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Artists Mikhail Pak
Mikhail Pak: tracing world of Eurasia in Search of Inner Self
It is common knowledge that real, genuine artists have very much in common with their creative works in sence of artistic manner and psychophysics. When I got aquainted with Mikhail Pak and his paintings I was glad to see that this fundamental truth was still in power.
My curiosity increased when I learned that he was also a writer, a poet and a theatre dramatist. Our relations spontaniously became warm and friendly. I enthusiastically read all his published novels and stories. We spoke a lot about art and life sitting together for hours and sipping wine. In the result I got a certain understanding of his multi-dimensional personality.
The more I got inside Mikhail Pak’s artistic world the more I realized that all the facets of his talent were interconnected and created one whole and inseparable humanitarian space, where one was resulting from another. Painting gives subject for writing proze. Proze stimulates painting.
During his life Mikhail lived in many places. Sometimes it was due to some circumstances. But more often it was due to his irresistable passion for unplanned travel. “In my youth I travelled a lot. I visited every corner of the former Soviet Union, except Sakhalin Island. Now I am permanently settled in Moscow, but my heart aches every time when I see a train ready to start”. Mikhail Pak is a true citizen of Eurasia. It is obviously reflected in his peculiar literary and artistic activities.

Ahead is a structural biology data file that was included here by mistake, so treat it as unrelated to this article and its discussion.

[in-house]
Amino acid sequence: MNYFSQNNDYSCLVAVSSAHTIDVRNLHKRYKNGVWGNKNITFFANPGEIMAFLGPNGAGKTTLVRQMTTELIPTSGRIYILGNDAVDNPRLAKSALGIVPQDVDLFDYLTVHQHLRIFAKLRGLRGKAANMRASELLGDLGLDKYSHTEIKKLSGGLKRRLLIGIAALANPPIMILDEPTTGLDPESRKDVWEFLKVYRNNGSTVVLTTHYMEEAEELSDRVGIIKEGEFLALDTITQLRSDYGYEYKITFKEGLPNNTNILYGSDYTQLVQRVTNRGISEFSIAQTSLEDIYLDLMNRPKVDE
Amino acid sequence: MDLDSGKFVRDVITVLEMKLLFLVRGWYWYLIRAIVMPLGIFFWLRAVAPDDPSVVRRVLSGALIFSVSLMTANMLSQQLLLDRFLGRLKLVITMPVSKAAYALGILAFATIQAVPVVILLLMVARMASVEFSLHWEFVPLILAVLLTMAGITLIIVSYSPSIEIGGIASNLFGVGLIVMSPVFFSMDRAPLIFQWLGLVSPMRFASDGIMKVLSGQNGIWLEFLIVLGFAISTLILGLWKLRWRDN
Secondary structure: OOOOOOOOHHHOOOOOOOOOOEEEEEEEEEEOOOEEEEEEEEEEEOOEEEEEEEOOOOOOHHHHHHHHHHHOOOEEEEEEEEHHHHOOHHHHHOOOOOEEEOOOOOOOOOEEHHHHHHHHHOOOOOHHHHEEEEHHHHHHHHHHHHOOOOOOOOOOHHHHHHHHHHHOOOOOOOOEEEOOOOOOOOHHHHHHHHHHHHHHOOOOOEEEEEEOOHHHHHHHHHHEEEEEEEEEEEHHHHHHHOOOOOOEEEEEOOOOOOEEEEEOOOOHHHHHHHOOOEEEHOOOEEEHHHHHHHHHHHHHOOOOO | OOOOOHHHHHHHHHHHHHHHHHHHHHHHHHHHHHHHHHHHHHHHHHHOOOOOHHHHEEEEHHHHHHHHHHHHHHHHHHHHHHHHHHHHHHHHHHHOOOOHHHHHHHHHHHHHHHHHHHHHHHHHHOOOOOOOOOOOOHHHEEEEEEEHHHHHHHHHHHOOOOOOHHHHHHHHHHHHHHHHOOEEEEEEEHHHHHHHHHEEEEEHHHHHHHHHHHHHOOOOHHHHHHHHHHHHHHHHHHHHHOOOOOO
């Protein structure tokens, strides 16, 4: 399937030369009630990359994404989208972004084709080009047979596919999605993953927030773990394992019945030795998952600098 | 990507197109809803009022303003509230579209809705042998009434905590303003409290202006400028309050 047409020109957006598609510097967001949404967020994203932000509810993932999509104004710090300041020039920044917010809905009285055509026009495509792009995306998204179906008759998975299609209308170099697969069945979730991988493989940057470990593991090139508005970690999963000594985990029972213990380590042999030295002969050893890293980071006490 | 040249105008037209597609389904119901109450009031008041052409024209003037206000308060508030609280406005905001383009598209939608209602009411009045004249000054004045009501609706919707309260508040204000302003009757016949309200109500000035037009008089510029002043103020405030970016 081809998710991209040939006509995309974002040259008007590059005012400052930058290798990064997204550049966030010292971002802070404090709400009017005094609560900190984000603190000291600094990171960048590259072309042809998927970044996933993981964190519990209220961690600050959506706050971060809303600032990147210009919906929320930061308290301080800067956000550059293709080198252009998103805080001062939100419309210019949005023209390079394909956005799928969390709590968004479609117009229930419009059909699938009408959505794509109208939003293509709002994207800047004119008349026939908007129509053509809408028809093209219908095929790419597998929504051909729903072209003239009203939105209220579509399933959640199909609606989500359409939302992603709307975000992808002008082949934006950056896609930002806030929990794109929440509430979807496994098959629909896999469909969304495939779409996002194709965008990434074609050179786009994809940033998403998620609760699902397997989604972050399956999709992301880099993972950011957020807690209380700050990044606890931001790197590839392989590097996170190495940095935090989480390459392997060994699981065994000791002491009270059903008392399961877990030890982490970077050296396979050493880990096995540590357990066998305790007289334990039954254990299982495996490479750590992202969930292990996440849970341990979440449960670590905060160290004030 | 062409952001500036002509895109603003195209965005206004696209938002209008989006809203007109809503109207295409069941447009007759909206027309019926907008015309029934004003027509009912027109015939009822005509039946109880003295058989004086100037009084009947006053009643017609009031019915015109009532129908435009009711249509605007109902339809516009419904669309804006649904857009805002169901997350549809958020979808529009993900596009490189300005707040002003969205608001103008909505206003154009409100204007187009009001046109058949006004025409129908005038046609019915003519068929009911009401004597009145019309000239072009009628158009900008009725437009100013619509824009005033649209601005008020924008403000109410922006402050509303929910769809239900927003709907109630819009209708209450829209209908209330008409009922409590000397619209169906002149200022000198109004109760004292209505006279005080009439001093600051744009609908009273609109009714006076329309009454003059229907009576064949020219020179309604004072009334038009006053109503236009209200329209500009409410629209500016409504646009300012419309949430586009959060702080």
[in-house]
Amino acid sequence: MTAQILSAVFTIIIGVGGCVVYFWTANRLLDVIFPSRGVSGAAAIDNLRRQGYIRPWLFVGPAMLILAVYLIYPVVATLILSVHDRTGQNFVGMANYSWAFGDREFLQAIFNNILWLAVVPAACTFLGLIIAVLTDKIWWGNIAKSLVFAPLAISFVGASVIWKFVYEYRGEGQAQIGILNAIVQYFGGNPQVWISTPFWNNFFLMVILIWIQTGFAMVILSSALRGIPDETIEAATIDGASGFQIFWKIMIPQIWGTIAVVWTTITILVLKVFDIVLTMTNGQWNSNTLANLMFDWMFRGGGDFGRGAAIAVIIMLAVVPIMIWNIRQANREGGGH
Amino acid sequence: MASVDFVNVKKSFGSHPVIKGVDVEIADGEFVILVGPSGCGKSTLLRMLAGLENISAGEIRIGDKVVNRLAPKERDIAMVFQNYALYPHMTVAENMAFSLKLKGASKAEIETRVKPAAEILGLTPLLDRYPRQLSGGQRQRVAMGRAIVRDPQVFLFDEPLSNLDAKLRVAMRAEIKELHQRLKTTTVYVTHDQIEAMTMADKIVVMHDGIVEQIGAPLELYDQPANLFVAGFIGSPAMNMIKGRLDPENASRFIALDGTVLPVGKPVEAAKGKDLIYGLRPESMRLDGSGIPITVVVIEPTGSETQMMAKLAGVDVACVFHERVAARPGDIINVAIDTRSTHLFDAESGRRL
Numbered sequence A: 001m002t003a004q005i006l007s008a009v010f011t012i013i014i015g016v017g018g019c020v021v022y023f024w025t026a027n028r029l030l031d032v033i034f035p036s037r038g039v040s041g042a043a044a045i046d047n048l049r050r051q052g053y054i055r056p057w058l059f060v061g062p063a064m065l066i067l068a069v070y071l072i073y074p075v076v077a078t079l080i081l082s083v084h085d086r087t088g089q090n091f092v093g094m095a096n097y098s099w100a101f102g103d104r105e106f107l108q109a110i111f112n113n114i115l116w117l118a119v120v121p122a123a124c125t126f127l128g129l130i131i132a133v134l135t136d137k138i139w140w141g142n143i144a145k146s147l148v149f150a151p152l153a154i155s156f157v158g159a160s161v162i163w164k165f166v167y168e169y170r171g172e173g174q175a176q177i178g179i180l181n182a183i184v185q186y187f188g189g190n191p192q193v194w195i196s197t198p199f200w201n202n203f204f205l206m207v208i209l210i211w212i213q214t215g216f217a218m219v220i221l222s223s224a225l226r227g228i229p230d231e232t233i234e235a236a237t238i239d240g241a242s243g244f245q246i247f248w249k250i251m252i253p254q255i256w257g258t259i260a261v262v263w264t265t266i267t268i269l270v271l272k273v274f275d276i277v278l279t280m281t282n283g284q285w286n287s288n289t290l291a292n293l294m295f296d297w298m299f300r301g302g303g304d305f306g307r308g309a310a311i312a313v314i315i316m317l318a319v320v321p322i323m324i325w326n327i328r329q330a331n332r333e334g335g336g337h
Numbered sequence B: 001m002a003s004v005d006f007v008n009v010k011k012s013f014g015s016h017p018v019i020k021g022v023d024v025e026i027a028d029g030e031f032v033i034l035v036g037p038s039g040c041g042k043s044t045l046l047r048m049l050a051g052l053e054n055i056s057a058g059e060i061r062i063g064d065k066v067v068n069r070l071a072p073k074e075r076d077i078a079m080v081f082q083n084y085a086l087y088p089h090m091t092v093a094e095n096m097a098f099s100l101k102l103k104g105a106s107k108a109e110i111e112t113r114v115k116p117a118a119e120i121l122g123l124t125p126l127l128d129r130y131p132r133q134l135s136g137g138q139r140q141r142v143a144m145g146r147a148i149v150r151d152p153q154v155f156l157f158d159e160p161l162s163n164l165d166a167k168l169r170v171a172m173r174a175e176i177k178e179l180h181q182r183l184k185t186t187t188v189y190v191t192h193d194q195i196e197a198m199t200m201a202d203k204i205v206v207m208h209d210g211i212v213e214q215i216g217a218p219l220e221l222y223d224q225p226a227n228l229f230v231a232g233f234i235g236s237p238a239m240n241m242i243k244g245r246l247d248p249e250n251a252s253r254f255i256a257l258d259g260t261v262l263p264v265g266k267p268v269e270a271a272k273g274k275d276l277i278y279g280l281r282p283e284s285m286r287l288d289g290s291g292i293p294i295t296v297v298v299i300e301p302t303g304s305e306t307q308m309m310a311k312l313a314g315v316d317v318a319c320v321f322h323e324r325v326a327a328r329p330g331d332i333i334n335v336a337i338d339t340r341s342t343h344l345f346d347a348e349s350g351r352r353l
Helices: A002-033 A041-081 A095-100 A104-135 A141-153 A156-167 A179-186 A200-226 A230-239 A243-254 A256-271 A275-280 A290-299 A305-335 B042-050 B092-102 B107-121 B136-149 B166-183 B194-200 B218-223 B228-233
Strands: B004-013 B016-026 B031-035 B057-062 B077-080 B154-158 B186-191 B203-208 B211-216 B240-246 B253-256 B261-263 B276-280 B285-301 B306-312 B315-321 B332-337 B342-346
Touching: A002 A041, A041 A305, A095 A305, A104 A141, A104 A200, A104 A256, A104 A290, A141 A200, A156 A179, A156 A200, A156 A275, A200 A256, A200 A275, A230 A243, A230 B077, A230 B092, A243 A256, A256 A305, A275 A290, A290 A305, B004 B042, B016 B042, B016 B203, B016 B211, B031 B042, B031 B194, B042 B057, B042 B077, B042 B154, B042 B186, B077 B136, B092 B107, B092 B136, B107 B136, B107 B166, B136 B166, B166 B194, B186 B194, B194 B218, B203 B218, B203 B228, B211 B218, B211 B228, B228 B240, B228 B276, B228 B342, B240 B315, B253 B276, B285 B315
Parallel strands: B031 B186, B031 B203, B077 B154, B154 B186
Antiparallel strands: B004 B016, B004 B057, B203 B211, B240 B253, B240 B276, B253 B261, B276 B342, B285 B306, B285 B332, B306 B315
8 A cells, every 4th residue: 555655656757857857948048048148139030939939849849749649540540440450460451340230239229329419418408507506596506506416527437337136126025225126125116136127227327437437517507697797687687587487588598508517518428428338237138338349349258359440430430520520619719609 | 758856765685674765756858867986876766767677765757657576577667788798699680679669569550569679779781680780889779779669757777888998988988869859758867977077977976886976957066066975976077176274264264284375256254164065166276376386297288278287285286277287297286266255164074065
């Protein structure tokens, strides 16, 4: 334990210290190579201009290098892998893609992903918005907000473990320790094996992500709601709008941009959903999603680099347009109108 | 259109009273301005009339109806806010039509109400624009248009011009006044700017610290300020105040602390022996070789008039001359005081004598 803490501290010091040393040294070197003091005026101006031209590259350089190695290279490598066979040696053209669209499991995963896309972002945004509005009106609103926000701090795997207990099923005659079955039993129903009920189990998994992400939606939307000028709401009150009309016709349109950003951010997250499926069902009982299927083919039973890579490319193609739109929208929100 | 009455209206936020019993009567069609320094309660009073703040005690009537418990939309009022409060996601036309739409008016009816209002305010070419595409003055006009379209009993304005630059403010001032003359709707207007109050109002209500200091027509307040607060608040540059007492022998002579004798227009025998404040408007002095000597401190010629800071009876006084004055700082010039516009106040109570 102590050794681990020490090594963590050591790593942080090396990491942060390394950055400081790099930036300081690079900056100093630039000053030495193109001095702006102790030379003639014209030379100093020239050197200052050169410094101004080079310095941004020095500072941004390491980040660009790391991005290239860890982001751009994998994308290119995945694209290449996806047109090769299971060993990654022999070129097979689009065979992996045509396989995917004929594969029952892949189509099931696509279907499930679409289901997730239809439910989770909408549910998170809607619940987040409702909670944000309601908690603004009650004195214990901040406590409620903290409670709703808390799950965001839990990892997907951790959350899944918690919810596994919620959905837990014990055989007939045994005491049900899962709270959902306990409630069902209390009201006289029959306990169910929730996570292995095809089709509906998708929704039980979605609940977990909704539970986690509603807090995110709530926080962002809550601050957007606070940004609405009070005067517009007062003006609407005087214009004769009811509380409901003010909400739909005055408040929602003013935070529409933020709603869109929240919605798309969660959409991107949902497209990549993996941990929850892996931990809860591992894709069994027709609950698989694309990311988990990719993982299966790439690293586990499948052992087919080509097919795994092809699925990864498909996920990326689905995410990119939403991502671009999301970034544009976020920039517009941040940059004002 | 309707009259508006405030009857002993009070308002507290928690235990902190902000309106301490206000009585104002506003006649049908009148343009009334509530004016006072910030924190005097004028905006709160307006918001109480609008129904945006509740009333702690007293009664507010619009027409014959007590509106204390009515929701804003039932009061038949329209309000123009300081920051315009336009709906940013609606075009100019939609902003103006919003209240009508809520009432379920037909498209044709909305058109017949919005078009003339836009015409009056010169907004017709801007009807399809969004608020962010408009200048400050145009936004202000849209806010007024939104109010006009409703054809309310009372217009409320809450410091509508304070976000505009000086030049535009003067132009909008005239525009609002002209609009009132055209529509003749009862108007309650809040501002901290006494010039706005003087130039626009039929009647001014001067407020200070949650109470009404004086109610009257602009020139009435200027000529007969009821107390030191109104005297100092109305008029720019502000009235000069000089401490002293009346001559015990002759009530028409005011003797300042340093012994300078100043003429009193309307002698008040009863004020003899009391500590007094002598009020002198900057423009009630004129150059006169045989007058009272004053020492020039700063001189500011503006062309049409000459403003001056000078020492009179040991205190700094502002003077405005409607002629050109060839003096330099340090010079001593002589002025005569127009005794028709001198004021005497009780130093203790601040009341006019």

For two years he lived in South Korea, which is his historical motherland. His paintings of this period are an evidence of the artist’s vibrant meeting with his roots. These paintings shed the fluids of a soul in search of inner self.
If we compare Mikhail’s paintings of different periods we immediately see that ethnic mentality, geography, landscapes and other specific features of different countries inevitably influence composition, and that the temperature of the painted surface greatly varies. But in general Mikhail remains faithful to the ever living traditions of French impressionism. Being various in details he never betrays his mainstream.
Many of Mikhail paintings have the effect of ‘sinestesia’ — when one art helps to understand the meaning of another art. For example, it is the music which sometimes sounds in our concsiousness when we stand for a long time in front of a painting. I asked Mikhail why the effect of ‘sinestesia’ appeared. He answered with a shy smile: “My Father used to play a Korean bamboo flute sitting alone in the yeard in the evening. Its melody was very private and sad. I think that the lyricism of my paintings and proze arouse from the melody of Father’s flute”.
I believe that as a painter Mikhail Pak has still many things to do in future. I hope that his travels in Eurasian art space will bring him more joy than sorrow.
Andrew Lednev, Historian of Art, Curator of the exhibition project